The Buddy System Algorithm allocates blocks of certain pre-defined sizes, which are usually in power of two. The maintenance of the list that defines certain blocks sizes. When a memory requests the allocator, it rounds the requests to the nearest block size it searches at the free block list of the required block size. When the demanded list are found, the blocks are allocated to the process and marks as unavailable, if it is not found, a free list of next larger size is searched. If such lists if found, process is assigned to the process and adds it to the other half and next to the lower size free list.

The name Buddy algorithm represents on the way the page frame are released, the free buddy blocks are merged together as a pair into a age frame of 2k. They are located in contiguous memory addresses, merging process is repeated recursively until the largest block size is achieved or no free lists are available. This system is also used to maintain unavailable page frames and then assigns it to processes.

1.2 Problems in Linux Memory Management

The Linux operating system has a slight hitches or problems on the memory management mechanism. Linux uses Buddy System Algorithm in the memory area management to overcome external fragmentation; where it is a contiguous memory allocation when it comes to memory requirements are varying sizes. This reasons the memory space to be fragmented non-contiguously preventing to fulfill large requests (Yellapragada, 2003, p2).

The problem that arises by using Buddy System Algorithm would be internal fragmentation. This problems arises when the requested memory size is less than the allocated memory, this results in the excess memory in bytes goes to waste. The unusable memory is within the allocated region (Yellapragada, 2003, p7).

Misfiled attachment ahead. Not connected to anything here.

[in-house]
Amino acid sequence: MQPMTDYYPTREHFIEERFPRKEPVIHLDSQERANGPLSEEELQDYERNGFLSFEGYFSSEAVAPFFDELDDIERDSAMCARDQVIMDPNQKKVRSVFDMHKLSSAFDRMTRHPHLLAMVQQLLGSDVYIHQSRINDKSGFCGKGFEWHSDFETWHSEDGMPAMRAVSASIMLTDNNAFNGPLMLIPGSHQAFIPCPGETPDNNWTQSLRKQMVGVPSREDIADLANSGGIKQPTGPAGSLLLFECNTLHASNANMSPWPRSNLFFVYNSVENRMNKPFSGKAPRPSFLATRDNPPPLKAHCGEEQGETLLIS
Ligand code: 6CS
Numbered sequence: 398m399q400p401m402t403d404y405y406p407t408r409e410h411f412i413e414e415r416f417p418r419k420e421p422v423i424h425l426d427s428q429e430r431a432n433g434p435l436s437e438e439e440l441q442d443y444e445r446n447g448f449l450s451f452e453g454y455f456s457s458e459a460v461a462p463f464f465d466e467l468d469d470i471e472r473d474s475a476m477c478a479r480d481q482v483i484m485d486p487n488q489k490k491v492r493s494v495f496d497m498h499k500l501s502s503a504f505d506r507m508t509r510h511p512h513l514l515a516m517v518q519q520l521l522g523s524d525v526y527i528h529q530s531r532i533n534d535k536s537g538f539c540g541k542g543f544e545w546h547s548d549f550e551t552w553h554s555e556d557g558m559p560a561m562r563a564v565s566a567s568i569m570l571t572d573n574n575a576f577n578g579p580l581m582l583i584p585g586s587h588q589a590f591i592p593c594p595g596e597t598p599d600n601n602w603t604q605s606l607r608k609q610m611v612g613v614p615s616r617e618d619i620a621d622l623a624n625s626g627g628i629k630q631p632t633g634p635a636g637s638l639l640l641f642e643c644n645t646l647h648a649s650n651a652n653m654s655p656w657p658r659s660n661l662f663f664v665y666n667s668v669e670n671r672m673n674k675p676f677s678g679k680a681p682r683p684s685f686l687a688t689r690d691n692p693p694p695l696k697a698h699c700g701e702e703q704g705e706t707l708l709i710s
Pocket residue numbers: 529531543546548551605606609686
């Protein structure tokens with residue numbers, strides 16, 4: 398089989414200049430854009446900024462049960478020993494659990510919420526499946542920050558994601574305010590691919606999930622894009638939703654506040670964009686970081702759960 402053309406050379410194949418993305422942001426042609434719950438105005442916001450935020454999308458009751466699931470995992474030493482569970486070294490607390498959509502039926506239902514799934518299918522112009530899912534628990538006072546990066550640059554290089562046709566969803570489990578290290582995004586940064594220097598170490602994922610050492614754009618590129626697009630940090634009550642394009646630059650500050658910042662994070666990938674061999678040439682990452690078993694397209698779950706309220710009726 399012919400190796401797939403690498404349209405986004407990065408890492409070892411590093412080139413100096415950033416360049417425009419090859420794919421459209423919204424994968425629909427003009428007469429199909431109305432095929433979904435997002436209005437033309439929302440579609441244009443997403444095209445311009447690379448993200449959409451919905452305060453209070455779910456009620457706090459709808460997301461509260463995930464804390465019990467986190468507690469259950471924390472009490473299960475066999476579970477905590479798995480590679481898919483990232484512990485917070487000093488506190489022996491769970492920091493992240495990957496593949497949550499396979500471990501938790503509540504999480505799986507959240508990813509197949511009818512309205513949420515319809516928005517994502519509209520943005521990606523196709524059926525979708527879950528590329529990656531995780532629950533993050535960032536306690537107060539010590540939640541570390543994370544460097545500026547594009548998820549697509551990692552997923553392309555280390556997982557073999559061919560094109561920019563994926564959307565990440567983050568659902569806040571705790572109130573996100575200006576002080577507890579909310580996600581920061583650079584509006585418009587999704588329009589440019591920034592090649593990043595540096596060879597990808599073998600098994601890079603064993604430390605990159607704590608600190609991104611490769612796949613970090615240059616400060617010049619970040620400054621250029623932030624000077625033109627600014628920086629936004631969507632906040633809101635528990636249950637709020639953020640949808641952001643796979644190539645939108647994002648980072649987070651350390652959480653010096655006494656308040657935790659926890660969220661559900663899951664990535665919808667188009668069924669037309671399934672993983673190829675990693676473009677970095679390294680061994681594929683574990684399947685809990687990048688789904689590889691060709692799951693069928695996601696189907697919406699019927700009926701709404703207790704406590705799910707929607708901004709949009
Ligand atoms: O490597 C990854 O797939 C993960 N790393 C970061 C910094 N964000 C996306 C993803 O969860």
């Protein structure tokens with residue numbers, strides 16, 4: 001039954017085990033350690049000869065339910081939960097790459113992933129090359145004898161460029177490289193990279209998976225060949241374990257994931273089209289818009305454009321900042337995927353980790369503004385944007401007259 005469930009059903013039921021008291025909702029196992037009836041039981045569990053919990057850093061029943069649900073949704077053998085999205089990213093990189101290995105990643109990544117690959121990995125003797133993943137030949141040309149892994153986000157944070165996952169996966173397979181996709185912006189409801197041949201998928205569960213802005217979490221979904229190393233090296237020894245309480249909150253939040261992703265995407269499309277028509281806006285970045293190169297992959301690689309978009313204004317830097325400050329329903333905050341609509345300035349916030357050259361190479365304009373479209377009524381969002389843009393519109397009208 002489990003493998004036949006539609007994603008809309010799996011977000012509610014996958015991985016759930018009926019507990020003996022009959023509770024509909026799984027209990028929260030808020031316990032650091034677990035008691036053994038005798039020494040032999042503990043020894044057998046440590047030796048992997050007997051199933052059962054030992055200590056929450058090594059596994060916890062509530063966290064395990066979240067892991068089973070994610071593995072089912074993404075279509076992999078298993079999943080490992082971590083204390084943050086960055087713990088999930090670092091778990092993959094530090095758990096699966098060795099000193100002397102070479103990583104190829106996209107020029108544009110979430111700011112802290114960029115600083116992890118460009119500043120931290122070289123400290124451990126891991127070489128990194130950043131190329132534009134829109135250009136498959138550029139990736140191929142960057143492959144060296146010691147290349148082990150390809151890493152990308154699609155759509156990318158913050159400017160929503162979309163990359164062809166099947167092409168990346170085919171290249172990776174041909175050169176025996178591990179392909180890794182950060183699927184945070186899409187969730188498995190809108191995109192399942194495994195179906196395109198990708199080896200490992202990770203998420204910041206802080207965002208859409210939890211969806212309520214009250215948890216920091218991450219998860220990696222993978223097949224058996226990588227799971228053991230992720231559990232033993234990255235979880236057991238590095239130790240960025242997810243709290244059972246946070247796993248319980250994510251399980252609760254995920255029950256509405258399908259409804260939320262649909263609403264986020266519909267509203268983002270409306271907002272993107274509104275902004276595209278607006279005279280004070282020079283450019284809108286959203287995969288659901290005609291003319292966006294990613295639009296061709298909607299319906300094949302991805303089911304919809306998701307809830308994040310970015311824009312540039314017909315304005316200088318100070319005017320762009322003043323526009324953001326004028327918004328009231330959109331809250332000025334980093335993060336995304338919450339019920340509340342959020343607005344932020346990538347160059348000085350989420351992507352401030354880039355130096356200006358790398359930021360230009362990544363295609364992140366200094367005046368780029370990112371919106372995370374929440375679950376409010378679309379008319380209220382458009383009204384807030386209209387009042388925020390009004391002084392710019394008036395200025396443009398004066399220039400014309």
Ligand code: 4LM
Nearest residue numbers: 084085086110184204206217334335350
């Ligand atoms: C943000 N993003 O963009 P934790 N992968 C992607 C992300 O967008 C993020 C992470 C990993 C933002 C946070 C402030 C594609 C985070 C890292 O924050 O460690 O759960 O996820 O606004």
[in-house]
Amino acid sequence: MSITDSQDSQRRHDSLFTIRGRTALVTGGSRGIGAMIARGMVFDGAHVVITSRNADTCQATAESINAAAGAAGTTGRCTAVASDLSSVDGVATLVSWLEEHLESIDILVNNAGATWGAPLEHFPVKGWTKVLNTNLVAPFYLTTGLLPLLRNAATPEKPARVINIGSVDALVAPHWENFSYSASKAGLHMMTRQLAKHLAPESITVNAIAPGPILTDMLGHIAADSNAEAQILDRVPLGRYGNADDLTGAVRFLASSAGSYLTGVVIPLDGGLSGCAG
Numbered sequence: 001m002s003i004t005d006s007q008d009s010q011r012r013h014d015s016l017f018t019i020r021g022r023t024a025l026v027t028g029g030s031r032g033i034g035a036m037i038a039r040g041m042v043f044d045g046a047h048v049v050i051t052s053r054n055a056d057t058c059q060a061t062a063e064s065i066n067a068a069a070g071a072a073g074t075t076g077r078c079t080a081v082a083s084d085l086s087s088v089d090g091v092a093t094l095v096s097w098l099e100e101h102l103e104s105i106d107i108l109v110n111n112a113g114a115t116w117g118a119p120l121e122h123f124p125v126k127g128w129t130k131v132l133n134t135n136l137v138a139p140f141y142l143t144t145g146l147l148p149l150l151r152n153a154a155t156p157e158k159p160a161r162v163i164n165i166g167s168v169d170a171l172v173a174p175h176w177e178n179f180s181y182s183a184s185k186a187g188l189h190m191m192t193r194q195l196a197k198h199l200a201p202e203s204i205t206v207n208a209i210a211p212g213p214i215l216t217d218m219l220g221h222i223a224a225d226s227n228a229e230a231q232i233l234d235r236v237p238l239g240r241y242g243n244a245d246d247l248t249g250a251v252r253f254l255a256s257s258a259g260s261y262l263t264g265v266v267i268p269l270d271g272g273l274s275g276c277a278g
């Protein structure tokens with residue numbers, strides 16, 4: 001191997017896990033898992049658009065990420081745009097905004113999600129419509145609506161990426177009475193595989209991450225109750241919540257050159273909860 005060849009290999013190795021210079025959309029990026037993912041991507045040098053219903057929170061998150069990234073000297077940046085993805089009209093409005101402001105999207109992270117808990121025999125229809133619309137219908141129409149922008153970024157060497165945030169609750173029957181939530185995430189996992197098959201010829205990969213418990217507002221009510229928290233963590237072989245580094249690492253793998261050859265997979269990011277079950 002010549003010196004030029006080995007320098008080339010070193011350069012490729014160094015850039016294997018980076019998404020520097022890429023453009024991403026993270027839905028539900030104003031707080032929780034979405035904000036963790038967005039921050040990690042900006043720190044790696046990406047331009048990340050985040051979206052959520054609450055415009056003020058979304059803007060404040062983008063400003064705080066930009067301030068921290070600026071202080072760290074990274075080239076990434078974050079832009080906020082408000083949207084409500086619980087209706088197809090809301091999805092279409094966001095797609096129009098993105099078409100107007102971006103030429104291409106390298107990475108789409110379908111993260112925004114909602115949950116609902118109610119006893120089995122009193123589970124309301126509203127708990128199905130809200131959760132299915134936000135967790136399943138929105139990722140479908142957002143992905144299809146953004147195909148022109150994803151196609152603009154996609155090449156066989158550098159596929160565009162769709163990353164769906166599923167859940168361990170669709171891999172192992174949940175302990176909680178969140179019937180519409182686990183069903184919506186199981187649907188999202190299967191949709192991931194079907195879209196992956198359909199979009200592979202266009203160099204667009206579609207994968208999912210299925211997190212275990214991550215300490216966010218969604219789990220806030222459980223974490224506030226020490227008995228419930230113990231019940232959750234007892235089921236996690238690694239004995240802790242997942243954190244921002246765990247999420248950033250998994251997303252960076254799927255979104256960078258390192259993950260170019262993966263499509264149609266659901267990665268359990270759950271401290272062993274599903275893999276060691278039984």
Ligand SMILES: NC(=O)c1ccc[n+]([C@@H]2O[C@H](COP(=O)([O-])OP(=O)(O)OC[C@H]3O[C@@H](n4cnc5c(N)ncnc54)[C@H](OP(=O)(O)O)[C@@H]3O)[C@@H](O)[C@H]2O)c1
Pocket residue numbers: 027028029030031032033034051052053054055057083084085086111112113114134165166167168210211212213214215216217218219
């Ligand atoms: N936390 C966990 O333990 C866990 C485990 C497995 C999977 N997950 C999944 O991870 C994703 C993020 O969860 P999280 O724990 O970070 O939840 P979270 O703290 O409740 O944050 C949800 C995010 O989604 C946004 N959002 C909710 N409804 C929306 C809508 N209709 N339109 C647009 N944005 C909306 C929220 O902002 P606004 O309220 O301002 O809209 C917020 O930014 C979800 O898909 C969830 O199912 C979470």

In order to handle the problem with memory management area, Linux resolves this issue by introducing Slab Allocator System

1.2.1 Solution; Slab Allocator System

The slab allocator system is used by Linux operating system to overcome internal fragmentation and also acts as a software cache for memory requirements less than the size of a page. In the year 1994, this system was developed for Sun Microsystem Solaris 2.4 operating system. The slab allocator system in Linux developed in a way that the memory areas as objects comprising of data and techniques to operate such data. The existing memory created object in memory is re-used, so that similar memory requests could use the same objects.

Besides that, slab allocator also benefits in a way that recurrent requests of memory can be handled competently which lessens internal fragmentation. When hardware cache is used, slab allocation strategy is more beneficial. A part of the main memory is used for objects by the slab allocator. The memory is organized into caches, where later than it divides into slabs. There one or more page frames that contains allocated free objects in each slab. The frames are obtained from the Buddy System. These frames are not released unless free frames are needed (Yellapragada, 2003, p7).